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IMR Press / JOMH / Volume 18 / Issue 8 / DOI: 10.31083/j.jomh1808172
Open Access Original Research
Mediating Effect of Competitive State Anxiety on the Relationship between Mood States and Perceived Performance Experienced by Asian Male Baseball Players from Universities in Choking under Pressure Situations
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1 Sport Coaching Science, Graduate School of Health and Sport Science, Nippon Sport Science University, 158-8508 Tokyo, Japan
2 Department of Wellness Sports Science, School of Wellness Industry Convergence, Hankyong National University, 17579 Anseong-si, Gyeonggi-do, Republic of Korea
*Correspondence: hanbeom@hknu.ac.kr (Hanbeom Kim)
J. Mens. Health 2022, 18(8), 172; https://doi.org/10.31083/j.jomh1808172
Submitted: 24 April 2022 | Revised: 23 May 2022 | Accepted: 27 May 2022 | Published: 10 August 2022
(This article belongs to the Special Issue Physical and Mental Health in Sports)

This is an open access article under the CC BY 4.0 license.

Abstract

Background: The aim of the present study was to investigate the relationships between mood states and competitive state anxiety and perceived performance in Asian male baseball players from universities in choking under pressure situations during a game. An additional aim was to identify the mediating effect of competitive state anxiety on such relationships. Methods: A questionnaire was administered to 209 male baseball players from universities who wanted to enter a professional league. The mean age of study subjects was 20.25 years. Structural equation modeling and bootstrapping analyses were used to test hypotheses and analyze the mediation effect. Results: First, among mood states, higher confusion and higher tension predicted higher competitive state anxiety. Second, mood states had no significant influence on perceived performance. Third, higher competitive state anxiety predicted lower perceived performance. Lastly, competitive state anxiety had a complete mediating effect on the relationship between mood states and perceived performance. Conclusions: To help athletes perform to the best of their ability, psychological interventions should be provided with a greater focus on reducing competitive state anxiety during a game. And we believe that an intervention program with a greater focus on competitive state anxiety can provide a more realistic and effective assistance scheme which will prevent a sudden decrement in performance.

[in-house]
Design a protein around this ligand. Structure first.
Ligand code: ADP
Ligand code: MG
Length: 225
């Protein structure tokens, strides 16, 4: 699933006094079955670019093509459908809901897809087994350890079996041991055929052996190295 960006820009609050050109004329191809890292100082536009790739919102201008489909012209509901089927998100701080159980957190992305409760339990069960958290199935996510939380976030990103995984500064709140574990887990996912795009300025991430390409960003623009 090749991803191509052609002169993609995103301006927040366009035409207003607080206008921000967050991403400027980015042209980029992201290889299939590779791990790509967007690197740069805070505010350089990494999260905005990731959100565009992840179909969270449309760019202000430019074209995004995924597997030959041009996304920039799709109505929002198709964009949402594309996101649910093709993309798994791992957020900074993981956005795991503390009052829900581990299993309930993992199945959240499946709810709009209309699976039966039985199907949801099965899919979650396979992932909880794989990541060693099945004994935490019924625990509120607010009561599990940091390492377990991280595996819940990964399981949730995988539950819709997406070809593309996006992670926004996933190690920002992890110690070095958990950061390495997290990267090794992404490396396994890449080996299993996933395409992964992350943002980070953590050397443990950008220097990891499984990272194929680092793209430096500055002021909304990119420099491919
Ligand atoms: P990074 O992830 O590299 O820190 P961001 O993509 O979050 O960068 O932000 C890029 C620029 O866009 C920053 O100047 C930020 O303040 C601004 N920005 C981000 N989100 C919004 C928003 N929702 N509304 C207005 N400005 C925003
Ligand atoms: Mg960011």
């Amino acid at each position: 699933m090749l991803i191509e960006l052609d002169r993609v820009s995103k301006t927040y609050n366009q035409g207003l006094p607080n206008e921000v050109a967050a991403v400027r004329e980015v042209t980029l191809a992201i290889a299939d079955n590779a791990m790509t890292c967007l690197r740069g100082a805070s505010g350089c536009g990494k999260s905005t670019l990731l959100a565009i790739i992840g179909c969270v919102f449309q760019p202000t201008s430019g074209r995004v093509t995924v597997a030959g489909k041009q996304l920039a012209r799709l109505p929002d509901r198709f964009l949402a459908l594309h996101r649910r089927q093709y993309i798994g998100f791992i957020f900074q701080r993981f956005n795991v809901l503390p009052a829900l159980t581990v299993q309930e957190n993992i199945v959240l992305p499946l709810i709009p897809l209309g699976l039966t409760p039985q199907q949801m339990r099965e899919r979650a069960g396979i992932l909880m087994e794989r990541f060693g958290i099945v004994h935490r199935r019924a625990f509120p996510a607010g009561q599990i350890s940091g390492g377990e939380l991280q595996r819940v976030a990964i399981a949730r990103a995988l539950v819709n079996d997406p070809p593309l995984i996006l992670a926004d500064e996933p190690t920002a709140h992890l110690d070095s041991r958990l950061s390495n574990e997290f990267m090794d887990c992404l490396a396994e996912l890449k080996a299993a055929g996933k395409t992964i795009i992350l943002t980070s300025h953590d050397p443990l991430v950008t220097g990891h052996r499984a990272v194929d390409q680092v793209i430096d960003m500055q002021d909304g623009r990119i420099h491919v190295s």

Keywords
baseball
Asian male baseball players
mood states
competitive state anxiety
perceived performance
choking under pressure
1. Introduction

In sports, athletic performance is generally considered to be the outcome of complex interactions between individual motor ability and psychological factors [1, 2]. If a sports competition gets intense, internal factors such as athletes’ psychological traits become important because they can affect motor ability or even enhance athletes’ performance [1, 3].